Catherine Thomas sings the praises of nature gardens and explains how to create a welcoming haven for wildlife.
One of the delights of gardening is the wildlife that shares our gardens with us. There are few sights more joyous than that of the first brilliantly golden Yellow Brimstone butterfly fluttering through early daffodils. We all know that we can support our declining wildlife through sympathetic gardening practices. Many people may not realise that they can have a stunningly designed and beautiful garden as well.
Gardening for wildlife need not mean an untidy, ill-kempt look. The garden should be full, varied and richly textured – a tapestry of plants with layers and depth. Nor will it consist only of plants – different materials will create habitats and shelter for nesting birds, slow worms and creatures we may barely discern with the naked eye. The tiniest and most insignificant creatures will undoubtedly form a vital link in the garden food chain. Indeed, a variety of insects, amphibians, birds and mammals will help to keep our gardens healthy and balanced.
It has recently been shown that domestic gardens are richer in wildlife than many areas of the countryside. This is because our gardens are microcosms of the wider landscape. Usually, the only monoculture in a garden is the lawn and – especially if you can bear to allow some ‘weeds’ to increase its diversity – even this is not as poor as an arable field. After all, a weed is only a plant in the wrong place and that is entirely a matter of judgement. White clover is a lawn ‘weed’ but it stays green when a drought browns the grass. Yarrow does the same. Both are hard wearing, tough species and should be valued as such. One of the best things you can do for your lawn and for wildlife is to let it grow just a little bit longer before mowing. A very simple and effective design intervention is to mow a tranquil circle and allow the outer edges to grow into a wildflower meadow. Inviting paths can be mown through the meadow and, hey presto, you have an instant redesign. An area of wildflower meadow can be made to look intentional and cared for by mowing just a metre or so around its edge.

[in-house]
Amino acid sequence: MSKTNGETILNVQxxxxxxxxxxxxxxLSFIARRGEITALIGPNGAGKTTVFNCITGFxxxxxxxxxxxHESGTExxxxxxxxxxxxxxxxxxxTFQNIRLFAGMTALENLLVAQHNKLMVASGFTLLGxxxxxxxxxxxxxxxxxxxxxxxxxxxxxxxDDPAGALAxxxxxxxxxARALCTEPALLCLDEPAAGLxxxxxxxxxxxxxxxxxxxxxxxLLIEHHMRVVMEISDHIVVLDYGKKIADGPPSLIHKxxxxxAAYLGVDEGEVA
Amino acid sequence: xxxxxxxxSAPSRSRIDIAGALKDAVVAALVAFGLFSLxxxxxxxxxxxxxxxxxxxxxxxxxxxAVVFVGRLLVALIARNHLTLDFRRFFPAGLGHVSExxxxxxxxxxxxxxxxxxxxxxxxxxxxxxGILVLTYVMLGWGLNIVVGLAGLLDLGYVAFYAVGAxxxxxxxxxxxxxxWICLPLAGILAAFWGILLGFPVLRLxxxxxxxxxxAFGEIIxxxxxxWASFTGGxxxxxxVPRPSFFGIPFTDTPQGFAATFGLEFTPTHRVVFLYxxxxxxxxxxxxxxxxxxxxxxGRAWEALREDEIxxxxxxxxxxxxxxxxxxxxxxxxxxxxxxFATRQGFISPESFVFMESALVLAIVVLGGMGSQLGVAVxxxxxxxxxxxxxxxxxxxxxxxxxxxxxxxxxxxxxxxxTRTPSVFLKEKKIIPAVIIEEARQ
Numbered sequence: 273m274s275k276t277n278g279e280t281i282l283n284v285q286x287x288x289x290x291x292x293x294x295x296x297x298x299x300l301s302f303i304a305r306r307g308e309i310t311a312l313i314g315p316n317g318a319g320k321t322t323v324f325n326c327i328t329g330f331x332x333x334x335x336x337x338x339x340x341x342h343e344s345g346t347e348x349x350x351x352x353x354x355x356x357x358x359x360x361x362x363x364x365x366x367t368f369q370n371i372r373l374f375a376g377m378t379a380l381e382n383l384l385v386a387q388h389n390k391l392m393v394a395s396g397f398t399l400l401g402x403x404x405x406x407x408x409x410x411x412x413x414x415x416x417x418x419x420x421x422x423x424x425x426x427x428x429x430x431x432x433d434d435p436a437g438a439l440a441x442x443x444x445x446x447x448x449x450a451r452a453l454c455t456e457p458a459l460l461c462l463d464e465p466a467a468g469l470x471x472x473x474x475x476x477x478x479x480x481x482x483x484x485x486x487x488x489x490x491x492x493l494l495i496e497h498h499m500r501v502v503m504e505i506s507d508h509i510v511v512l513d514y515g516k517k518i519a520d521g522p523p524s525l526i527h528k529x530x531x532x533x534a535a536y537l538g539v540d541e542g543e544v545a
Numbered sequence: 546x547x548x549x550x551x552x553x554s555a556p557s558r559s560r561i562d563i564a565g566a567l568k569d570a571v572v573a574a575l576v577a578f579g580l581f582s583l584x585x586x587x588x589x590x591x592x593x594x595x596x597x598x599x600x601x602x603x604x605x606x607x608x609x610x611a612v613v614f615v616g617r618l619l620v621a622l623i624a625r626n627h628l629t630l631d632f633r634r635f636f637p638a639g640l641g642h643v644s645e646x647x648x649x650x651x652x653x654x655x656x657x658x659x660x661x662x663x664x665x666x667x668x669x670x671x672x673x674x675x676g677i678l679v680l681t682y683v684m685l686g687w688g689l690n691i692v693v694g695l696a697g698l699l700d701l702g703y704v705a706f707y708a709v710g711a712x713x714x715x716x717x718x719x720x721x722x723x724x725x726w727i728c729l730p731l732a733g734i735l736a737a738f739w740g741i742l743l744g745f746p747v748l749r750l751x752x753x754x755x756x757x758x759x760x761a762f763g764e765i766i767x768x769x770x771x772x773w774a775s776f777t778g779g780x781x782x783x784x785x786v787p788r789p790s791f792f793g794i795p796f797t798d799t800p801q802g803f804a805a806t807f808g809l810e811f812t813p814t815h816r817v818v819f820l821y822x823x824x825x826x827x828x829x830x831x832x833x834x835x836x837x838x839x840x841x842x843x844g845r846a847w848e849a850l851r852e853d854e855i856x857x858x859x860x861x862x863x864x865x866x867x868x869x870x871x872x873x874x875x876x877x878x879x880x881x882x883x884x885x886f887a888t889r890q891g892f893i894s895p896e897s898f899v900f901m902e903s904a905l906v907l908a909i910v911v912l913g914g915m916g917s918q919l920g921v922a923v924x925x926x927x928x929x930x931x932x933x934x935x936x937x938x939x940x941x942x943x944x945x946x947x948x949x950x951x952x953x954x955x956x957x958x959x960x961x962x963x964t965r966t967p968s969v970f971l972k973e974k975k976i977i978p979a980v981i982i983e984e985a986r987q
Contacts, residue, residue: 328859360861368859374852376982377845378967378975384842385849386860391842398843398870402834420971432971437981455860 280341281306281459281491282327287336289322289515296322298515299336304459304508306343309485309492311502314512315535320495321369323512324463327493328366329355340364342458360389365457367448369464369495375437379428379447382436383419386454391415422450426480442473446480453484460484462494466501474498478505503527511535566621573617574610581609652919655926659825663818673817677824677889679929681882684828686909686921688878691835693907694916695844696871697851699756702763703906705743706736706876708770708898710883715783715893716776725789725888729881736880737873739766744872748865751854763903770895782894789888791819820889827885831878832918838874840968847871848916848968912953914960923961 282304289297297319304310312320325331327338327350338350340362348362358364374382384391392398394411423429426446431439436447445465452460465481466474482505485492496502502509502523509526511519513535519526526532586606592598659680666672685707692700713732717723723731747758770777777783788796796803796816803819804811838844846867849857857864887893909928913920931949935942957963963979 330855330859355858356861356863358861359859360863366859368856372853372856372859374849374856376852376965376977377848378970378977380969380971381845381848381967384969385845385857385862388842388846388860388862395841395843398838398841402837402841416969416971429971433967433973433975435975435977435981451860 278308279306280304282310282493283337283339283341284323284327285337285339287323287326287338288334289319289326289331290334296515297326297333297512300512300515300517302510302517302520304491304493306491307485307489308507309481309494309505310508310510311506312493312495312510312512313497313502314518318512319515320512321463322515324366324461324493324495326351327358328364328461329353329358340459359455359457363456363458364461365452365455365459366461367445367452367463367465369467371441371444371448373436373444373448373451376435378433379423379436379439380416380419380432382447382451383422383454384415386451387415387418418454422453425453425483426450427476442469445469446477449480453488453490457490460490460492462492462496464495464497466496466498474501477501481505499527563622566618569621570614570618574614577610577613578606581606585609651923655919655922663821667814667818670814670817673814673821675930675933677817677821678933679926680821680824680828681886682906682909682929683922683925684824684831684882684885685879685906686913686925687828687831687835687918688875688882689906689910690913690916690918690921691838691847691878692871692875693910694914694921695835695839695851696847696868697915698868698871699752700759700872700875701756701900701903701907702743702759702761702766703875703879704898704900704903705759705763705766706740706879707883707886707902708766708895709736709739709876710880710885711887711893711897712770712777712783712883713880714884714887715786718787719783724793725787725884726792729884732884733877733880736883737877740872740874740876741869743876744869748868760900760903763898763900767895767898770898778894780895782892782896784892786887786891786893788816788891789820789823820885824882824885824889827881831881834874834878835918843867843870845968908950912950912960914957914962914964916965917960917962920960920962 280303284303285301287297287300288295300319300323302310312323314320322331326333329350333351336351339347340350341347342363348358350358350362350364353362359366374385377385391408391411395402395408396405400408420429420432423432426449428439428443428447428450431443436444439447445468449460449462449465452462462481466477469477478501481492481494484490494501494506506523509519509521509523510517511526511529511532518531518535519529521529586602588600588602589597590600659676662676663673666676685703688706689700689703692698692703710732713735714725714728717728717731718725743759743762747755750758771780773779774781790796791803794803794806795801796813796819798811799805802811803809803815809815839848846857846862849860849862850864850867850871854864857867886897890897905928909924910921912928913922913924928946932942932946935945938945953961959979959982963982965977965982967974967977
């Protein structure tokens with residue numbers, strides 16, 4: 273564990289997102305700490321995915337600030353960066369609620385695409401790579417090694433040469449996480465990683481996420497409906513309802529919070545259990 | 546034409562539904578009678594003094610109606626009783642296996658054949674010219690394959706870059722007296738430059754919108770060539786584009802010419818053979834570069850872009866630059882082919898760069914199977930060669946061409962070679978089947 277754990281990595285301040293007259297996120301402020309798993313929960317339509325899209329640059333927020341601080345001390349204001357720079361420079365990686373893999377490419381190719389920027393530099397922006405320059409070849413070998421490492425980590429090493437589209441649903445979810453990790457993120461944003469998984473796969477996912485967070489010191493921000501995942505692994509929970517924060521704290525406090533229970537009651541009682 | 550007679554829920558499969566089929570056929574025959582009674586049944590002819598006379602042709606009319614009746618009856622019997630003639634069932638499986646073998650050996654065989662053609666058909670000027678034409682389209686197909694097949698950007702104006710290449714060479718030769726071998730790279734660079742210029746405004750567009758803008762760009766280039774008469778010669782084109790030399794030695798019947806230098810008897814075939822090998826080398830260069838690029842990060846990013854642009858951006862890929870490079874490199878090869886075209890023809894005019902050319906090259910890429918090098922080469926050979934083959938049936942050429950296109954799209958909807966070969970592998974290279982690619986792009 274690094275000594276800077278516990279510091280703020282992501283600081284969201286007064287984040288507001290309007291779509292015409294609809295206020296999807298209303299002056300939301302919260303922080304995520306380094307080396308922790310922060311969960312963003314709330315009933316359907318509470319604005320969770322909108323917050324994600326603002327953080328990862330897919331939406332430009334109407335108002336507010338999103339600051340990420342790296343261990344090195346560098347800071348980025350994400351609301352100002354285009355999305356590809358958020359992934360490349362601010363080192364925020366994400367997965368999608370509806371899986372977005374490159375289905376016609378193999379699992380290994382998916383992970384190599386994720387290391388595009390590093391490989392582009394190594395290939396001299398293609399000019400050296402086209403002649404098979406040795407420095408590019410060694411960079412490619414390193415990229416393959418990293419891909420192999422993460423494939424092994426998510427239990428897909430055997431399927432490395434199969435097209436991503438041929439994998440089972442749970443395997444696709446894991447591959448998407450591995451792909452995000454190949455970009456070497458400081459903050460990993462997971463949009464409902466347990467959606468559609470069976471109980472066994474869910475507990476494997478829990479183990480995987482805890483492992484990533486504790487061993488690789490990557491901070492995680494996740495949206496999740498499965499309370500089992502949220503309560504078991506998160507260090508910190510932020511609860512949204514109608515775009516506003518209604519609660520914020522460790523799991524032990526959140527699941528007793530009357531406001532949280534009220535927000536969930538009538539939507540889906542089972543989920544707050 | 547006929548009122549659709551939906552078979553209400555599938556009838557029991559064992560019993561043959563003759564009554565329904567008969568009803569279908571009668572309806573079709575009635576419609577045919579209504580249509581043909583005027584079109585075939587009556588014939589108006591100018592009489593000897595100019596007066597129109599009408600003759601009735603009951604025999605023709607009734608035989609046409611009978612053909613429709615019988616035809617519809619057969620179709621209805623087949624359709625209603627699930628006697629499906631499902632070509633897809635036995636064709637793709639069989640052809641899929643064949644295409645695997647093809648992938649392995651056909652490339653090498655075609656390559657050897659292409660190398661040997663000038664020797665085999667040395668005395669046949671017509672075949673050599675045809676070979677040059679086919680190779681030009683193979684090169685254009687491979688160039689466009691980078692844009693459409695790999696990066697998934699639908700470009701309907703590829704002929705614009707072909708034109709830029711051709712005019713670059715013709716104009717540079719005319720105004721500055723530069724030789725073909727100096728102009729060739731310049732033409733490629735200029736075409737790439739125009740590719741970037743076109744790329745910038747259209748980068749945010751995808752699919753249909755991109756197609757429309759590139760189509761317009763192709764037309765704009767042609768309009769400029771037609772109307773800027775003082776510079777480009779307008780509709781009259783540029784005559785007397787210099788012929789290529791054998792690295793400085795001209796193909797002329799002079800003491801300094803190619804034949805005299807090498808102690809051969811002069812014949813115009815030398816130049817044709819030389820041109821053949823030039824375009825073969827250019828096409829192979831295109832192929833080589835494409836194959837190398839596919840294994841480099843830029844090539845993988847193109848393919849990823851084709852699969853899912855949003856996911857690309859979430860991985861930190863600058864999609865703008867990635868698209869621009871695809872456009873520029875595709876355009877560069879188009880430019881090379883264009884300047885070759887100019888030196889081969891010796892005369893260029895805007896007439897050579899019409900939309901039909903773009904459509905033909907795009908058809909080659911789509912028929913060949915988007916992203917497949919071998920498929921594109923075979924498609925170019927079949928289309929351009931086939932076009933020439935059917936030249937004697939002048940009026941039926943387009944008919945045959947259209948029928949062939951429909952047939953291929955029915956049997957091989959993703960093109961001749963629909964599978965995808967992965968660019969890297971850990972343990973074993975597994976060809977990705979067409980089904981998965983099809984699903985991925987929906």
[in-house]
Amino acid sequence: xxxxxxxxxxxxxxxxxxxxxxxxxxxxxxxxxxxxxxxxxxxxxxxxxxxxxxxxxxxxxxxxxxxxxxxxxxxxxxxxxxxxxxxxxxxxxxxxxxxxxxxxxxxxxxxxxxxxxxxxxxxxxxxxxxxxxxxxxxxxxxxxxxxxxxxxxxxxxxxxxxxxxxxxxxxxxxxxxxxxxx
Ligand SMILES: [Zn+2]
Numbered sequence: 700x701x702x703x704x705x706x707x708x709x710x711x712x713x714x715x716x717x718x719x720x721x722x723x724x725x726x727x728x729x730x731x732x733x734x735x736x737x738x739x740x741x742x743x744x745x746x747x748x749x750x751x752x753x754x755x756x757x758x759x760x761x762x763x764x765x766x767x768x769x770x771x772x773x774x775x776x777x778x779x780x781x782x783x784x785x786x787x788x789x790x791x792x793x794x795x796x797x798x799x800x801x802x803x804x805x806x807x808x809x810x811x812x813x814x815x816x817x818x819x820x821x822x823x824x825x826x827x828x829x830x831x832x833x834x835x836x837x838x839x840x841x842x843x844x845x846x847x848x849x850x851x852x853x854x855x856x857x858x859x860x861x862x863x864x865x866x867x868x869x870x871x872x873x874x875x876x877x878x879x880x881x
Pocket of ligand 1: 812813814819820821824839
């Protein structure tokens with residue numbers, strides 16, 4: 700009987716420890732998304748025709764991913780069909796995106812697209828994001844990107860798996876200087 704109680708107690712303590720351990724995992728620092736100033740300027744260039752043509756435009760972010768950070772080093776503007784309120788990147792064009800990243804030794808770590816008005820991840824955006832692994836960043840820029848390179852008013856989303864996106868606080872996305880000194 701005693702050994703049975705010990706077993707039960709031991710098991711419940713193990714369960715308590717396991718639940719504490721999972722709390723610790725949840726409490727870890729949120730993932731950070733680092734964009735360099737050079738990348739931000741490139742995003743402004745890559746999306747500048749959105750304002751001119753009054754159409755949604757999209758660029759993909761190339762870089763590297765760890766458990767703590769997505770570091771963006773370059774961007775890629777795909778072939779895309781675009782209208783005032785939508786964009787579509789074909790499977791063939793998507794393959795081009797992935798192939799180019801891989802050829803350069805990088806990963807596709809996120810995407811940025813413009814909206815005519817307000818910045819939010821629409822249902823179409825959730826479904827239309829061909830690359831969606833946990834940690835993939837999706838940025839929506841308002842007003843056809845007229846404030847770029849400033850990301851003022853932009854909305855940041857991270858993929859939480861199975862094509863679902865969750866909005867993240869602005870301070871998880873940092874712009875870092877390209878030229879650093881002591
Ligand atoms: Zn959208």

Water in the garden has many functions such as reflecting light, creating movement and sound. Designed well, it can also be a wonderful resource for wildlife. It is ideal if you can find space to plant up an area of marginal plants, such as yellow flag irises, water forget-me-not, marsh marigolds and purple loosestrife, as these will take up nutrients in the water and keep the water clear of unsightly algae. One of my favourite solutions is to make use of a slope to create a semi raised pond. The front edge can be a wall, perhaps topped with a wooden seat so you can enjoy your newts, frogs and damsel flies in comfort, whilst the rear and sides are planted up with marginal plants. Tall plants are ideal for dragonflies and the lower marigolds and trailing brooklime create cover for crawling creatures such as frogs, toads and hedgehogs. Remember that hedgehogs can drown in garden ponds if they can’t climb out easily – a strategically placed rock or plant pot can prevent this.
Over the hedge
Our gardens are vital wildlife corridors, enabling animals to travel from place to place to find food or a mate. Hedges allow them to pass unimpeded, besides providing shelter, food and nesting sites. A hedge is a very strong design feature, creating structure and enclosure. There are many exciting ways to use a hedge, not merely following the garden boundary but making secluded spaces within the garden. They can be trimmed in sculptural peaks and troughs, curvaceous billows, even labyrinths and topiary, whilst providing habitats. If you must have a fence, and sometimes it’s essential, allow a hedgehogsized hole or two at ground level.
We all know that bees are in decline, not only honey and bumble bees but myriad species of wild bees, all of which pollinate our fruit crops. Flowering plants are clearly essential to bees and most of us think they are essential to gardens (they aren’t – think of Japanese and Italianate gardens). Double flowers are lovely but useless to bees and hover flies. Natural single flowers usually have subtle, intricate designs which guide the bee, or other nectar loving insects such as butterflies, to the nectar. Daisy flowers, pea flowers and umbellifers like cow parsley are especially attractive to insects and, of course, buddleia is known as the butterfly bush. A good design will include flowering plants throughout the year, providing valuable energy to hibernating insects woken by a warm day in winter.
And finally, trees create height and structure, essential in the design of most gardens – they also provide flowers for insects, often highly ornamental fruit, and they even support birds and animals through the winter